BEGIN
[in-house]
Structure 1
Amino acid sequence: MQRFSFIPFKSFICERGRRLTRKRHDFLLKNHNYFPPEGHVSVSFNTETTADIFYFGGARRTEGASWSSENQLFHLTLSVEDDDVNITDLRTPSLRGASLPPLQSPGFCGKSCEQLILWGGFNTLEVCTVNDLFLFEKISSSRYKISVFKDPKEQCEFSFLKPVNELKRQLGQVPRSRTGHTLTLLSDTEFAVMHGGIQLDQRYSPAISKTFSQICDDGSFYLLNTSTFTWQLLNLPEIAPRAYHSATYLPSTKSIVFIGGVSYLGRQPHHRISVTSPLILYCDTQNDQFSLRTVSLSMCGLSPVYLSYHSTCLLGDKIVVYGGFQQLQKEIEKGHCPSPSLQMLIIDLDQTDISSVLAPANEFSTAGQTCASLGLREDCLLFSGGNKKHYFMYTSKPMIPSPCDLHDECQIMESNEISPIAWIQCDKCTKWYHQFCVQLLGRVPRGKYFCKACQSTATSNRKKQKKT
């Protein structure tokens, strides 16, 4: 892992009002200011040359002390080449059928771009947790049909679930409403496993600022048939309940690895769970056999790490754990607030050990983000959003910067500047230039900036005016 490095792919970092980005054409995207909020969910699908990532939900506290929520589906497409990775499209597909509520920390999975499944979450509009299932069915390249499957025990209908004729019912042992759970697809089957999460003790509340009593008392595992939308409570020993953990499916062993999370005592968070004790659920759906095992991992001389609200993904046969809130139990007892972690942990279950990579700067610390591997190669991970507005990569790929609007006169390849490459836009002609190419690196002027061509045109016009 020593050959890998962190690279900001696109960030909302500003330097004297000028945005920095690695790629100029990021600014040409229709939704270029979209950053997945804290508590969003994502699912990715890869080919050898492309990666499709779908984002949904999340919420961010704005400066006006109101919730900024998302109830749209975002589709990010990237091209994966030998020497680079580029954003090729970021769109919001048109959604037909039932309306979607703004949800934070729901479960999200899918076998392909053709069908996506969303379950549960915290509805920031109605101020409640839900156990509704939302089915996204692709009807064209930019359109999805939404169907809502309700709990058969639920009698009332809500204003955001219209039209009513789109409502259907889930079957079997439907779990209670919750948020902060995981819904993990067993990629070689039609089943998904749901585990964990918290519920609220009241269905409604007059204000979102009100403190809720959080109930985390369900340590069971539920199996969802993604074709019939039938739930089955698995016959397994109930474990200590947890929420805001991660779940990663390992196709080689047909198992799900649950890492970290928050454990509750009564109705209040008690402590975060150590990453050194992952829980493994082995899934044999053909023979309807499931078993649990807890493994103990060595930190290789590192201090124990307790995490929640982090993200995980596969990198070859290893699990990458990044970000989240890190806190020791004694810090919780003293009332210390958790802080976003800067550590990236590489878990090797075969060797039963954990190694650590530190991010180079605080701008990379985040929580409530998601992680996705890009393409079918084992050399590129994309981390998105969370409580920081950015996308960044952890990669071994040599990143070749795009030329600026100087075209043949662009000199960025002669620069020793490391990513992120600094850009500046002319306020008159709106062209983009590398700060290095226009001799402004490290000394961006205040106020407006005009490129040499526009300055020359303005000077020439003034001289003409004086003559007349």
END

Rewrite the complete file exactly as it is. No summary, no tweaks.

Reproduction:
[in-house]
Structure 1
Amino acid sequence: MQRFSFIPFKSFICERGRRLTRKRHDFLLKNHNYFPPEGHVSVSFNTETTADIFYFGGARRTEGASWSSENQLFHLTLSVEDDDVNITDLRTPSLRGASLPPLQSPGFCGKSCEQLILWGGFNTLEVCTVNDLFLFEKISSSRYKISVFKDPKEQCEFSFLKPVNELKRQLGQVPRSRTGHTLTLLSDTEFAVMHGGIQLDQRYSPAISKTFSQICDDGSFYLLNTSTFTWQLLNLPEIAPRAYHSATYLPSTKSIVFIGGVSYLGRQPHHRISVTSPLILYCDTQNDQFSLRTVSLSMCGLSPVYLSYHSTCLLGDKIVVYGGFQQLQKEIEKGHCPSPSLQMLIIDLDQTDISSVLAPANEFSTAGQTCASLGLREDCLLFSGGNKKHYFMYTSKPMIPSPCDLHDECQIMESNEISPIAWIQCDKCTKWYHQFCVQLLGRVPRGKYFCKACQSTATSNRKKQKKT
């Protein structure tokens, strides 16, 4: 892992009002200011040359002390080449059928771009947790049909679930409403496993600022048939309940690895769970056999790490754990607030050990983000959003910067500047230039900036005016 490095792919970092980005054409995207909020969910699908990532939900506290929520589906497409990775499209597909509520920390999975499944979450509009299932069915390249499957025990209908004729019912042992759970697809089957999460003790509340009593008392595992939308409570020993953990499916062993999370005592968070004790659920759906095992991992001389609200993904046969809130139990007892972690942990279950990579700067610390591997190669991970507005990569790929609007006169390849490459836009002609190419690196002027061509045109016009 020593050959890998962190690279900001696109960030909302500003330097004297000028945005920095690695790629100029990021600014040409229709939704270029979209950053997945804290508590969003994502699912990715890869080919050898492309990666499709779908984002949904999340919420961010704005400066006006109101919730900024998302109830749209975002589709990010990237091209994966030998020497680079580029954003090729970021769109919001048109959604037909039932309306979607703004949800934070729901479960999200899918076998392909053709069908996506969303379950549960915290509805920031109605101020409640839900156990509704939302089915996204692709009807064209930019359109999805939404169907809502309700709990058969639920009698009332809500204003955001219209039209009513789109409502259907889930079957079997439907779990209670919750948020902060995981819904993990067993990629070689039609089943998904749901585990964990918290519920609220009241269905409604007059204000979102009100403190809720959080109930985390369900340590069971539920199996969802993604074709019939039938739930089955698995016959397994109930474990200590947890929420805001991660779940990663390992196709080689047909198992799900649950890492970290928050454990509750009564109705209040008690402590975060150590990453050194992952829980493994082995899934044999053909023979309807499931078993649990807890493994103990060595930190290789590192201090124990307790995490929640982090993200995980596969990198070859290893699990990458990044970000989240890190806190020791004694810090919780003293009332210390958790802080976003800067550590990236590489878990090797075969060797039963954990190694650590530190991010180079605080701008990379985040929580409530998601992680996705890009393409079918084992050399590129994309981390998105969370409580920081950015996308960044952890990669071994040599990143070749795009030329600026100087075209043949662009000199960025002669620069020793490391990513992120600094850009500046002319306020008159709106062209983009590398700060290095226009001799402004490290000394961006205040106020407006005009490129040499526009300055020359303005000077020439003034001289003409004086003559007349």